Hepatitis C remains major problem for HIV patients despite antiretroviral therapy
PHILADELPHIA—A new study led by researchers at the Perelman School of Medicine at the University of Pennsylvania has found that the risk of hepatitis C-associated serious liver disease persists in HIV patients otherwise benefiting from antiretroviral therapy (ART) to treat HIV.
It has been suggested that ART slows hepatitis C-associated liver fibrosis; however, whether rates of severe liver complications in patients co-infected with HIV and hepatitis C receiving ART were similar to those with just hepatitis C remained unclear.
The study, published in the March 18 issue of Annals of Internal Medicine, examined electronic medical record data of 4,280 patients infected with both HIV and chronic hepatitis C virus who were receiving ART, and 6,079 hepatitis C-only patients receiving care between 1997 and 2010.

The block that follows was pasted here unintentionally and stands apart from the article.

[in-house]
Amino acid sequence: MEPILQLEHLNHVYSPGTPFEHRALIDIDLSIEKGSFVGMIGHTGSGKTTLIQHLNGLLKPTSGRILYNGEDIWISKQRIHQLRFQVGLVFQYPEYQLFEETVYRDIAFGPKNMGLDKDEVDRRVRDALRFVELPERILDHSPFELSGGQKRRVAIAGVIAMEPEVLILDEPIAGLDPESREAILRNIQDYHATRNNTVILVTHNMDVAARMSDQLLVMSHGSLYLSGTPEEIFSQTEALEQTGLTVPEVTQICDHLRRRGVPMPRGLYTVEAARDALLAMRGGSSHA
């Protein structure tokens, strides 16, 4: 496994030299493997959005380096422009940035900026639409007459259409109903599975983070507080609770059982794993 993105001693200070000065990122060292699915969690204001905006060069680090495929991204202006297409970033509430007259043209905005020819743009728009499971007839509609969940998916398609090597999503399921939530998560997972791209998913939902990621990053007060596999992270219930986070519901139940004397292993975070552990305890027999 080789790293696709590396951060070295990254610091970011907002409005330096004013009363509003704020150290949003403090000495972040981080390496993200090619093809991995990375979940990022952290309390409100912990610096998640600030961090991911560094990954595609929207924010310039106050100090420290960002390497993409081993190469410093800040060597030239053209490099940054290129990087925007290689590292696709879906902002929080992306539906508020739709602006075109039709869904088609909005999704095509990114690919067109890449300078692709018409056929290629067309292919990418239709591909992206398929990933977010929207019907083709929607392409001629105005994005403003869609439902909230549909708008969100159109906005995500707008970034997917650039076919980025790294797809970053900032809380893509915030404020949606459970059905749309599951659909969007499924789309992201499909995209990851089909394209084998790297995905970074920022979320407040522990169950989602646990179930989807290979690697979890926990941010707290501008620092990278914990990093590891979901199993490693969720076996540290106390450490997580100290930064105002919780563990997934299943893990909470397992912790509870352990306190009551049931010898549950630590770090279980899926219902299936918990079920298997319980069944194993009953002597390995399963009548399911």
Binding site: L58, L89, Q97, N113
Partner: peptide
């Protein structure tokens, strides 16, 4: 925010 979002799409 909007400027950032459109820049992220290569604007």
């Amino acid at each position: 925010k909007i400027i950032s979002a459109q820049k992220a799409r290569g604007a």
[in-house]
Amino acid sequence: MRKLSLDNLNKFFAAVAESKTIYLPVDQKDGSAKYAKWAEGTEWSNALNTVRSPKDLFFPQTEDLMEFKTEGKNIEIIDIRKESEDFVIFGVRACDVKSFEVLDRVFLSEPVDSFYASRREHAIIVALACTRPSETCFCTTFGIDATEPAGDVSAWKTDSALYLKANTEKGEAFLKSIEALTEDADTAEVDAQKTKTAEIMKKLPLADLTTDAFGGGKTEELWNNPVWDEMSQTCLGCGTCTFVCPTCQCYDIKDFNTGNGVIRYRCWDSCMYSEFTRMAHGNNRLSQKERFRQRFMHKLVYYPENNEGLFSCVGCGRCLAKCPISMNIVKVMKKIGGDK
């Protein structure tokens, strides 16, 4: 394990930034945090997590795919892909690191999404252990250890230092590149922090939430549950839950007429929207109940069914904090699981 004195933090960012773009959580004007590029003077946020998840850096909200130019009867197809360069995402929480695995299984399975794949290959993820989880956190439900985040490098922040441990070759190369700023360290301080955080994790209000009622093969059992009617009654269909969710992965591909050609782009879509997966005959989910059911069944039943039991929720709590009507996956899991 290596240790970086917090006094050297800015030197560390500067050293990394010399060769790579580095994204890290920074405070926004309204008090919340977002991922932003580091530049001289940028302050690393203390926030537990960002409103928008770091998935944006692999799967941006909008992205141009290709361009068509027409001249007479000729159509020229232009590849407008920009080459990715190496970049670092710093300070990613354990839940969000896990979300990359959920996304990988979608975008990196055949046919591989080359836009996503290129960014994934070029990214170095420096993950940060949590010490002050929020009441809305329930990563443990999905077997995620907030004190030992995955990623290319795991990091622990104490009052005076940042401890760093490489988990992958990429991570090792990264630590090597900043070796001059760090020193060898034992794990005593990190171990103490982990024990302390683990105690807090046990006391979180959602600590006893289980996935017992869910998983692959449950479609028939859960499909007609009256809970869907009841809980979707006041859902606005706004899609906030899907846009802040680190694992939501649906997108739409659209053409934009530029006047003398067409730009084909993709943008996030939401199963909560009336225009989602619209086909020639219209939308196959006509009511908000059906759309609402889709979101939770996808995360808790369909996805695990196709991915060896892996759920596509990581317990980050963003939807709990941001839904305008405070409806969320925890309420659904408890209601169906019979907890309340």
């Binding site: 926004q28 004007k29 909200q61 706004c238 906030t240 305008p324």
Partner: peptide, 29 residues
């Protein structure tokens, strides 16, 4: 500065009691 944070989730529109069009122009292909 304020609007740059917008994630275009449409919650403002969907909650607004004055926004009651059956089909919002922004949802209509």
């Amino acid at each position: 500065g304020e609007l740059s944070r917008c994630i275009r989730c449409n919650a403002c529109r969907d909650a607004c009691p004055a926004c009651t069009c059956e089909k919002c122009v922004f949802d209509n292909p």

It found that the HIV/hepatitis C-co-infected patients had an 80 percent higher rate of decompensated cirrhosis than hepatitis C-only patients. Even when co-infected patients had controlled HIV virus in response to ART, they still had a 60 percent higher rate of serious liver disease compared to those with hepatitis C alone.
“Our results suggest that serious consideration should be given to initiating hepatitis C treatment in patients co-infected with HIV and hepatitis C—particularly among those with advanced liver fibrosis or cirrhosis—in order to try to reduce the risk of serious, potentially life-threatening liver complications,” said the study’s lead author, Vincent Lo Re III, MD, MSCE, assistant professor of Medicine and Epidemiology in the division of Infectious Diseases and department of Biostatistics and Epidemiology at Penn, and an investigator in the Penn Center for AIDS Research. “By taking action sooner, we may be able to reduce the risk of advanced liver disease in co-infected patients.”
This Penn-led study is the largest comparison to date of liver-related complications between antiretroviral-treated HIV/hepatitis C- co-infected patients and those with hepatitis C-alone.